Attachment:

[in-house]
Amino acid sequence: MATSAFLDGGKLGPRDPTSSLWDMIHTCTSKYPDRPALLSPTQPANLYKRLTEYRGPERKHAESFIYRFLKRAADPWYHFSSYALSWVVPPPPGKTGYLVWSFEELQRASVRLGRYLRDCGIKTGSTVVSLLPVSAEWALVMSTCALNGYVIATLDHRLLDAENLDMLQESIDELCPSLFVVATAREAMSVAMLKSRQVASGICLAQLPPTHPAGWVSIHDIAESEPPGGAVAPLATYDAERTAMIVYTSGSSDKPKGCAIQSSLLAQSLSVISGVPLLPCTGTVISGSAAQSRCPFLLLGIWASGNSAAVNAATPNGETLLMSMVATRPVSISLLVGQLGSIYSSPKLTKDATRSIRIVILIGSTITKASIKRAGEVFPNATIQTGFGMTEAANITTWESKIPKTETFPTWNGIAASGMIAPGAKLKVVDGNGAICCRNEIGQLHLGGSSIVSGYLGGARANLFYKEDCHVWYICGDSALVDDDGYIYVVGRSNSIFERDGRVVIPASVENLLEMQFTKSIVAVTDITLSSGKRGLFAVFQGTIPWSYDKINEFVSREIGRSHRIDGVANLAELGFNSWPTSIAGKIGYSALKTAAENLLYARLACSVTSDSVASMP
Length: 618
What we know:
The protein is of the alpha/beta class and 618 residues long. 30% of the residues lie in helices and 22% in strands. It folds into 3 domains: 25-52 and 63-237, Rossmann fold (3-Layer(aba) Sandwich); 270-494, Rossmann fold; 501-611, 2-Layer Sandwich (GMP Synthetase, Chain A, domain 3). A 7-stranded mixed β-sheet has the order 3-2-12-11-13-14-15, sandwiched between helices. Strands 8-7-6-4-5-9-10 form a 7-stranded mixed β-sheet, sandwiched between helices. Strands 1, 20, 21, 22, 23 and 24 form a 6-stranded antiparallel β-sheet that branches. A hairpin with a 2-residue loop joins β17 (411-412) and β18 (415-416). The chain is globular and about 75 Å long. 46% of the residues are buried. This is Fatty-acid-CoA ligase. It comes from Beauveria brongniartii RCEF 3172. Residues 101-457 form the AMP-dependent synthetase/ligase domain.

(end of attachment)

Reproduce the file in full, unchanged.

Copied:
[in-house]
Amino acid sequence: MATSAFLDGGKLGPRDPTSSLWDMIHTCTSKYPDRPALLSPTQPANLYKRLTEYRGPERKHAESFIYRFLKRAADPWYHFSSYALSWVVPPPPGKTGYLVWSFEELQRASVRLGRYLRDCGIKTGSTVVSLLPVSAEWALVMSTCALNGYVIATLDHRLLDAENLDMLQESIDELCPSLFVVATAREAMSVAMLKSRQVASGICLAQLPPTHPAGWVSIHDIAESEPPGGAVAPLATYDAERTAMIVYTSGSSDKPKGCAIQSSLLAQSLSVISGVPLLPCTGTVISGSAAQSRCPFLLLGIWASGNSAAVNAATPNGETLLMSMVATRPVSISLLVGQLGSIYSSPKLTKDATRSIRIVILIGSTITKASIKRAGEVFPNATIQTGFGMTEAANITTWESKIPKTETFPTWNGIAASGMIAPGAKLKVVDGNGAICCRNEIGQLHLGGSSIVSGYLGGARANLFYKEDCHVWYICGDSALVDDDGYIYVVGRSNSIFERDGRVVIPASVENLLEMQFTKSIVAVTDITLSSGKRGLFAVFQGTIPWSYDKINEFVSREIGRSHRIDGVANLAELGFNSWPTSIAGKIGYSALKTAAENLLYARLACSVTSDSVASMP
Length: 618
What we know:
The protein is of the alpha/beta class and 618 residues long. 30% of the residues lie in helices and 22% in strands. It folds into 3 domains: 25-52 and 63-237, Rossmann fold (3-Layer(aba) Sandwich); 270-494, Rossmann fold; 501-611, 2-Layer Sandwich (GMP Synthetase, Chain A, domain 3). A 7-stranded mixed β-sheet has the order 3-2-12-11-13-14-15, sandwiched between helices. Strands 8-7-6-4-5-9-10 form a 7-stranded mixed β-sheet, sandwiched between helices. Strands 1, 20, 21, 22, 23 and 24 form a 6-stranded antiparallel β-sheet that branches. A hairpin with a 2-residue loop joins β17 (411-412) and β18 (415-416). The chain is globular and about 75 Å long. 46% of the residues are buried. This is Fatty-acid-CoA ligase. It comes from Beauveria brongniartii RCEF 3172. Residues 101-457 form the AMP-dependent synthetase/ligase domain.